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La Marana
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Étang de Biguglia : Click to enlarge picture
Traditionally the summer haunt of prosperous Bastia families, the sixteen-kilometre littoral known as LA MARANA lies a few kilometres south of Bastia. The beach here offers shady pine woods, restaurants and bars, though the sea is quite polluted. The whole of this part of the coast is divided into holiday residences or sections of beach attached to bars, the latter freely open to the public.

Fed by the rivers Bevinco and Golo, the Étang de Biguglia is the largest lagoon in Corsica, and one of its best sites for rare migrant birds. In summer, reed and cetti warblers nest in the reeds, while in winter, Biguglia supports a resident community of grey herons, kingfishers, great crested grebes, little grebes, water rails and various species of duck.

The Roman town of MARIANA, just south of Étang de Biguglia, can be approached by taking the turning for Poretta airport, 16km along the N193, or the more scenic coastal route through La Marana. It was founded in 93 BC as a military colony, but today's houses, baths and basilica are too ruined to be of great interest. It's only the square baptistry, with its remarkable mosaic floor decorated with dancing dolphins and fish looped around bearded figures representing the four rivers of paradise, that is worth seeking out.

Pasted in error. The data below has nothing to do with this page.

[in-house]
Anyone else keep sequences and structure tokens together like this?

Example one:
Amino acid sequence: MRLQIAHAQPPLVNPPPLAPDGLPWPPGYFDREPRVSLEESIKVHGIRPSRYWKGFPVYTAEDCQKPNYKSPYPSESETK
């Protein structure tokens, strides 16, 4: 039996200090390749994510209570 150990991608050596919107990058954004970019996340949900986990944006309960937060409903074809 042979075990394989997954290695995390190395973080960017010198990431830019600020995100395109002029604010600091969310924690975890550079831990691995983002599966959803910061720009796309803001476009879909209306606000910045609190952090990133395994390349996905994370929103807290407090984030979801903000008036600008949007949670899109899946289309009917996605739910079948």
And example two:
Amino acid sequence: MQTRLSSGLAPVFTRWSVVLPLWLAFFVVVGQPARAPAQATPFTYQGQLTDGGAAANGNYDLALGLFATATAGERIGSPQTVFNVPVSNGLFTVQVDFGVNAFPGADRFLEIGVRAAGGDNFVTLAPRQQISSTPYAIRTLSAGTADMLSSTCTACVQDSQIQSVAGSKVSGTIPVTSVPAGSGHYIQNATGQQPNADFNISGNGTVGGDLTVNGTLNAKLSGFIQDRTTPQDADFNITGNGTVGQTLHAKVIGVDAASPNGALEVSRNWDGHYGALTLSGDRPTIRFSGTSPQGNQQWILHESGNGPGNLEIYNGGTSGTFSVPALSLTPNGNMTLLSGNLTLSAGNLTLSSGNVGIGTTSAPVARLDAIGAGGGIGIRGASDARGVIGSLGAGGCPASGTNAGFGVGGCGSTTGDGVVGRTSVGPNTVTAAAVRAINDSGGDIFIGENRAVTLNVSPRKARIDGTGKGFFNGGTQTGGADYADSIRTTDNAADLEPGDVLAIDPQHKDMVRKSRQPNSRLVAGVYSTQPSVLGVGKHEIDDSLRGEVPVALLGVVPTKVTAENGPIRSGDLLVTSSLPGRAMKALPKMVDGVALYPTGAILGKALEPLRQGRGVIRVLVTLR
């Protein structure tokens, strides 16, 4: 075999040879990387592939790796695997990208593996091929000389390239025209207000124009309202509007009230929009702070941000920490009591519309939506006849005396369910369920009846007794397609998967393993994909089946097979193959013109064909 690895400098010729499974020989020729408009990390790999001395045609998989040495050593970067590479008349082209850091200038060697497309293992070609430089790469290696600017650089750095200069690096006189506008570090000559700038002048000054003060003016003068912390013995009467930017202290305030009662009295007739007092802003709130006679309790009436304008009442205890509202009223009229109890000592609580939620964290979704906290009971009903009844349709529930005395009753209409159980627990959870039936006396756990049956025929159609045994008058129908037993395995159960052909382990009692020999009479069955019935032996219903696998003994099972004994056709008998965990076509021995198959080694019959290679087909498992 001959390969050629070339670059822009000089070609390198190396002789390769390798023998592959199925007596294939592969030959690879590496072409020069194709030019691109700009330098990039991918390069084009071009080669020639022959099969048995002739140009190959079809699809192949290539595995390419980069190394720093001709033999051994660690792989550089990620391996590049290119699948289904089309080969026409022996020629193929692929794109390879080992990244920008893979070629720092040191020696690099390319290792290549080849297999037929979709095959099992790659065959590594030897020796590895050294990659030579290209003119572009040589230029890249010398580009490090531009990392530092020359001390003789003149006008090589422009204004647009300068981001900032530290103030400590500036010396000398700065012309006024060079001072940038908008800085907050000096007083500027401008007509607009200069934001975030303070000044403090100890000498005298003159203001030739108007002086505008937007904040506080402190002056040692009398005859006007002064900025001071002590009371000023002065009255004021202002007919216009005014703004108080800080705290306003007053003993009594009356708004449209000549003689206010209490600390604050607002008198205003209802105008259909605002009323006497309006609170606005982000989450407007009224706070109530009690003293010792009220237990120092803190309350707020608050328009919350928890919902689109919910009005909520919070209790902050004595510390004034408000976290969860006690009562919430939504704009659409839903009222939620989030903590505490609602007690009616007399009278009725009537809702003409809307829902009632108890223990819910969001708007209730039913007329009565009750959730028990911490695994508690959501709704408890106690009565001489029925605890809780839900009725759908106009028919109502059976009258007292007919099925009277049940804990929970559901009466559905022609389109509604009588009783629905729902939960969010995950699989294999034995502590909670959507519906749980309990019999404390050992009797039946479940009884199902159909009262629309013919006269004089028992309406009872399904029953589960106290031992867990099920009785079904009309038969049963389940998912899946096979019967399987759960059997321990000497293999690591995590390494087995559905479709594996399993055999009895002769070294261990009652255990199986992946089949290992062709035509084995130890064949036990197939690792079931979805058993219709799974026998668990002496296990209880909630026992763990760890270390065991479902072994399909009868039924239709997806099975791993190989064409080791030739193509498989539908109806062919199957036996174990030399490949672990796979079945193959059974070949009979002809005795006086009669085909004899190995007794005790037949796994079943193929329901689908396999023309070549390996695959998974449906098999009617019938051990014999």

Adjacent to Mariana stands the church of Santa Maria Assunta, known as La Canonica. Built in 1119 close to the old capital of Biguglia, it's the finest of around three hundred churches built by the Pisans in their effort to evangelize the island. Modelled on a Roman basilica, the perfectly proportioned edifice is decorated outside with Corinthian capitals plundered from the main Mariana site and with plates of Cap Corse marble, their delicate pink and yellow ochre hues fusing to stunning effect.

Marooned amid muddy fields about 300m to the south of La Canonica stands San Parteo, built in the eleventh and twelfth centuries over the site of a pagan burial ground. A smaller edifice than La Canonica, the church also displays some elegant arcading and fine sculpture – on the south side, the door lintel is supported by two writhing beasts reaching to a central tree, a motif of oriental origins.

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